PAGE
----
It’s common to assume that all crops are grown from seeds, but that’s not the case. Many garden crops are grown from other parts of the plants, such as their stem or leaves. They provide some nutrition to your household and should be part of your garden.

Seeds provide different nutrients as they’re available as leguminous or starchy food sources. Common seeds your garden should produce include corn, peas, and amaranth.

Bulbs

They are not the commonest class garden crop choices, but they are essential in completing the nutritional supply from your garden. Bulbs grow similarly to tubers, but they provide more vitamins and minerals. They add unique flavors to your dishes and are worth having in your garden.

Some of the bulbs you should have in your garden include onions, turnips, radishes, and garlic.

Factors that determine your choice of garden crops

While having as many crops as you like in your garden is tempting, it takes work to manage them all. Therefore, you should consider some factors that will help you determine the right garden crops. They include:

Geographical location

Regardless of where you reside, you can have a garden. However, the nature of your geographical area influences the types of crops you can have in your garden. Generally, your geographical location influences climate and the nature of the soil you’ll have for your crops.

The hardiness zones are an effective way to determine how your geographical location influences your choice of garden crops. A garden in Zone 3, a relatively cold climate, such as Montana, will easily grow root vegetables such as kohlrabi, beets, and carrots. However, a warmer climate in Zone 10, such as Phoenix, Arizona, will easily grow tomatoes, ginger, cucumbers, and watermelons.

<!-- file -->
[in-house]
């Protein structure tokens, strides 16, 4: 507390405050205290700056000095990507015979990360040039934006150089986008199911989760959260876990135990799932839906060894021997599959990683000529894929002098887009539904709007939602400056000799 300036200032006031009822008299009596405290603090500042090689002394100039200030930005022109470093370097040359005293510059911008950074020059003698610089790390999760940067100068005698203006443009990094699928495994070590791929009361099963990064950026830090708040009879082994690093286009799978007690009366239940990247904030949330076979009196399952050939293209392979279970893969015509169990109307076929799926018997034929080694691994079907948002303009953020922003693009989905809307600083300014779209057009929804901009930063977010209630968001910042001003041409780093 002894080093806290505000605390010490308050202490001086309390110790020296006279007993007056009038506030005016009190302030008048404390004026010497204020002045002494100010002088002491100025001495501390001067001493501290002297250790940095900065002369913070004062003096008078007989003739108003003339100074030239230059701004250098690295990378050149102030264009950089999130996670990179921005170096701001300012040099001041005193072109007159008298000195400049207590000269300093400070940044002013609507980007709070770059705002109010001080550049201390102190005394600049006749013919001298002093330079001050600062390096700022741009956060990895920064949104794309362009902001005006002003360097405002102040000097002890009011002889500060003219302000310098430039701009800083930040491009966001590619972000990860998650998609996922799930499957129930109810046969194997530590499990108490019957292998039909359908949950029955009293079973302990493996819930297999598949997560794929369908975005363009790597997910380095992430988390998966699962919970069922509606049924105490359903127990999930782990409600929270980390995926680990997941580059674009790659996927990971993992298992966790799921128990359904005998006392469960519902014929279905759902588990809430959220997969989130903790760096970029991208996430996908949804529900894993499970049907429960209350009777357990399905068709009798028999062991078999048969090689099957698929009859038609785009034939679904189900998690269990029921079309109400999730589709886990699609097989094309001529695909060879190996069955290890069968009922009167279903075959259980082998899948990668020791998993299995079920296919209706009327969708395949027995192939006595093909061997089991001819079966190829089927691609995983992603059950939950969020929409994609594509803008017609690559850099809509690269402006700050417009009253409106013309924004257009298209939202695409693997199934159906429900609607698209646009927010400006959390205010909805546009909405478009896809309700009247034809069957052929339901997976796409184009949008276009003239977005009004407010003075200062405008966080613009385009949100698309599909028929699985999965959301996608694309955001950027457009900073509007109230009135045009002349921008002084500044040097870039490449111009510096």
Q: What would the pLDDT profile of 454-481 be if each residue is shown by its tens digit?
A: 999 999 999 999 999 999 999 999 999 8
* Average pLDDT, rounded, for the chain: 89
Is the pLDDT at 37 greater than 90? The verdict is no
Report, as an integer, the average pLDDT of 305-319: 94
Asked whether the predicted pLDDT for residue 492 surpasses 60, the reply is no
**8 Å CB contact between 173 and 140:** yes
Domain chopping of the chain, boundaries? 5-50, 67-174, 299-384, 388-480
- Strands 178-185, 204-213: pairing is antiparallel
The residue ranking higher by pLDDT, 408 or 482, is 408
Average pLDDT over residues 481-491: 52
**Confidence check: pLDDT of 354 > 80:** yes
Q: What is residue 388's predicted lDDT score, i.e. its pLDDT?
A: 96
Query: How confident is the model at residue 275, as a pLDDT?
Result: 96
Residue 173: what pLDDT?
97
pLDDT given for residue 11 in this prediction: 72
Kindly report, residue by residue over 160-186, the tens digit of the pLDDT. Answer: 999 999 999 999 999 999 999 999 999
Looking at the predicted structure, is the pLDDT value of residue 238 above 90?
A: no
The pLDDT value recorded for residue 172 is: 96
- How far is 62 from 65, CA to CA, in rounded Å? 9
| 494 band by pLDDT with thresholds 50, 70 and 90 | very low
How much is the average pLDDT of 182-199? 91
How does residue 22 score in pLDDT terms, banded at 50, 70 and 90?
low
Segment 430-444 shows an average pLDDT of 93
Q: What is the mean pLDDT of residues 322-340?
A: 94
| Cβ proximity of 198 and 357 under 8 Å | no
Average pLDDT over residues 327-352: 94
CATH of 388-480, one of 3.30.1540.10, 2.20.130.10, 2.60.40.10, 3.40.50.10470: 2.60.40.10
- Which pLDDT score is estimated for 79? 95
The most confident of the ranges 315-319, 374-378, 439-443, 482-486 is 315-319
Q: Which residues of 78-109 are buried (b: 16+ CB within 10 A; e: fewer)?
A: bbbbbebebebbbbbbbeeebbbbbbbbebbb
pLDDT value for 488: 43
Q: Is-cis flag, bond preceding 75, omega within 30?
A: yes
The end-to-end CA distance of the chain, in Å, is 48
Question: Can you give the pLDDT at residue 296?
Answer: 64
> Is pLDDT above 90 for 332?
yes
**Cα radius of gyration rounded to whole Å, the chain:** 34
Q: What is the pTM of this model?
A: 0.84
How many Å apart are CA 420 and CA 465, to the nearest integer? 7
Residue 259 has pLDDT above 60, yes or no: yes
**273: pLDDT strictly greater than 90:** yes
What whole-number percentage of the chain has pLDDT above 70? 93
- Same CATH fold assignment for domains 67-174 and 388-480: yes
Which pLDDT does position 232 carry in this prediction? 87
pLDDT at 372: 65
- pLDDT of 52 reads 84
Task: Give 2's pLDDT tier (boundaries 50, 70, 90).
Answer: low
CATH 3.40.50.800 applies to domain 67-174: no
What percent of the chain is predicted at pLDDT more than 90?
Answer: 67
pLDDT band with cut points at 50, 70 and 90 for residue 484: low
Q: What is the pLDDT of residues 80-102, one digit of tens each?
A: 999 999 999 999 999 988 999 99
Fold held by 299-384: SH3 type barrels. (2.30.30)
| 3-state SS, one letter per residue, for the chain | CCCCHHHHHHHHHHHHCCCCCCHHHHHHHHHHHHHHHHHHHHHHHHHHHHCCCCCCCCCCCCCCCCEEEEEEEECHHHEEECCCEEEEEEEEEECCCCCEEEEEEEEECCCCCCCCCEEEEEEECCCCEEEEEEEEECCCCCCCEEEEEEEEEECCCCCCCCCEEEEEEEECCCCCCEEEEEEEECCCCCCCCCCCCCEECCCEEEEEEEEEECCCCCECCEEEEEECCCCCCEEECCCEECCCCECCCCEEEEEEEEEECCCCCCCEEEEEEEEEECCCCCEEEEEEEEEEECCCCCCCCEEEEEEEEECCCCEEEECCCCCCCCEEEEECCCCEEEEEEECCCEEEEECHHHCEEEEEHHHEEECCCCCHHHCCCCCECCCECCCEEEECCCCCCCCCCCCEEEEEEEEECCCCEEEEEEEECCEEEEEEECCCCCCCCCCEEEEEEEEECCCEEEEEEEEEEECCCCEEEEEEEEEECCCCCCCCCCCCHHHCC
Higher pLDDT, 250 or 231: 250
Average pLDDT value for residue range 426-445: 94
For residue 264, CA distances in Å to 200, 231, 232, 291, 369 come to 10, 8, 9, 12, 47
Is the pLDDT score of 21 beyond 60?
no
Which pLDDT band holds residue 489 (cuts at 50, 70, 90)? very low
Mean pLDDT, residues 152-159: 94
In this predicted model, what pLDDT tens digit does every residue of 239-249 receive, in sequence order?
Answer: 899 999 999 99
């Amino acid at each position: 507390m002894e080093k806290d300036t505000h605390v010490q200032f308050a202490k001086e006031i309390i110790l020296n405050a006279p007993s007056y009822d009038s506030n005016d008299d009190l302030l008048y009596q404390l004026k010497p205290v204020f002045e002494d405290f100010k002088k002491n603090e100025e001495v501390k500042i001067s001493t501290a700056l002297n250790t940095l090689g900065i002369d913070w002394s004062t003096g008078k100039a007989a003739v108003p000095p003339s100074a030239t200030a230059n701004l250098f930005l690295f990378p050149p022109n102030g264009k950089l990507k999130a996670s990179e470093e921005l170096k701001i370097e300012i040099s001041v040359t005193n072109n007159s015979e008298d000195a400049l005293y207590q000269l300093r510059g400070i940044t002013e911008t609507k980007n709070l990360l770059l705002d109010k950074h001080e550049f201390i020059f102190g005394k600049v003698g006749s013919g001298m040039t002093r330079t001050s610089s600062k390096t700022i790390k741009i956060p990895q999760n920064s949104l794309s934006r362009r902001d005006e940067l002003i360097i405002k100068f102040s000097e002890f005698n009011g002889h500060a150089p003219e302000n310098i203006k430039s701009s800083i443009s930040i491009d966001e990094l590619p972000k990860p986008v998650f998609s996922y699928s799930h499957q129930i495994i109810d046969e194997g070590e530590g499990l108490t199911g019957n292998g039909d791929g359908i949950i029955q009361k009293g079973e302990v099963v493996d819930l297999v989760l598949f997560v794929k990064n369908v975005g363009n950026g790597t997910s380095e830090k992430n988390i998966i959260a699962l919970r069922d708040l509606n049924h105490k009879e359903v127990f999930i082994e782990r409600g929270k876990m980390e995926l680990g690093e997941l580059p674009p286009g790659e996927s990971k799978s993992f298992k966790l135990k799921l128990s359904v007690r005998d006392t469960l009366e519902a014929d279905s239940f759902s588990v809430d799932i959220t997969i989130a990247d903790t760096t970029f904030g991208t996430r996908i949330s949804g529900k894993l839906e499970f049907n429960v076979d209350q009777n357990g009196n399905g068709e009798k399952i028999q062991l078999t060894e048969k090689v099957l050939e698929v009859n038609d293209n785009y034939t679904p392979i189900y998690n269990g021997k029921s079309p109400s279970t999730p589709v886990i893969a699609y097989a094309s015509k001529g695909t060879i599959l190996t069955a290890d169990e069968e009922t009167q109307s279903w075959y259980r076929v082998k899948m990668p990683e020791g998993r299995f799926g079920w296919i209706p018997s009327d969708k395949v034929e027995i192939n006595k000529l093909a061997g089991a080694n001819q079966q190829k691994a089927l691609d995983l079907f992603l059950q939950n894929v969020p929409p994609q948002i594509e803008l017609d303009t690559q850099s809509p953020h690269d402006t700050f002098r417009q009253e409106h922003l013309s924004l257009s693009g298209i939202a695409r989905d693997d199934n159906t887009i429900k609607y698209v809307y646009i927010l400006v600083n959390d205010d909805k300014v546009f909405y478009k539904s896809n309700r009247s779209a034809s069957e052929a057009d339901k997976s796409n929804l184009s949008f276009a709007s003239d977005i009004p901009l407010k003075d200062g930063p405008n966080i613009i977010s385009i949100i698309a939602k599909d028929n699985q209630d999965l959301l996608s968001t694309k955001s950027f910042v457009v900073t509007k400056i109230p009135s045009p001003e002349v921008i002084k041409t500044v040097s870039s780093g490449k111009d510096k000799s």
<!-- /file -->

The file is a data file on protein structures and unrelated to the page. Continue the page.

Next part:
Growth medium

The success of your gardening endeavor relies as much on the quality of the plants’ growth medium as it does on your skill and knowledge about gardening. Growth media for garden crops can range from natural soil to coco peat and inert materials such as Rockwool. However, natural soil is the most common growth medium and is preferred for organic gardening.

growth medium

Gardening soils vary in organic and inorganic composition and influence crops’ performance. Since soils are generally abundant in organic activities in warmer climates, they have better soils for crops that require higher nutritional requirements. However, crops with less nutritional needs perform better in colder climates.

Availability to care for crops

How much time do you have to spare for your crops? If you’re generally short on time to care for crops, you can still garden, but you’ll have to choose crops that suit your schedule.

Most vegetables require attention and care, and they’ll only perform well if they get enough water, nutrition, and light when needed. Tomatoes, cucumbers, and other vegetables with high water content generally require more attention. However, garden crops such as carrots, eggplant, peppers, and potatoes require less attention.

You can create a schedule for checking for your garden’s pests and possible disease infections. However, ensure that your pest-check routine aligns with when the crop pests are active.

The maturity period of crops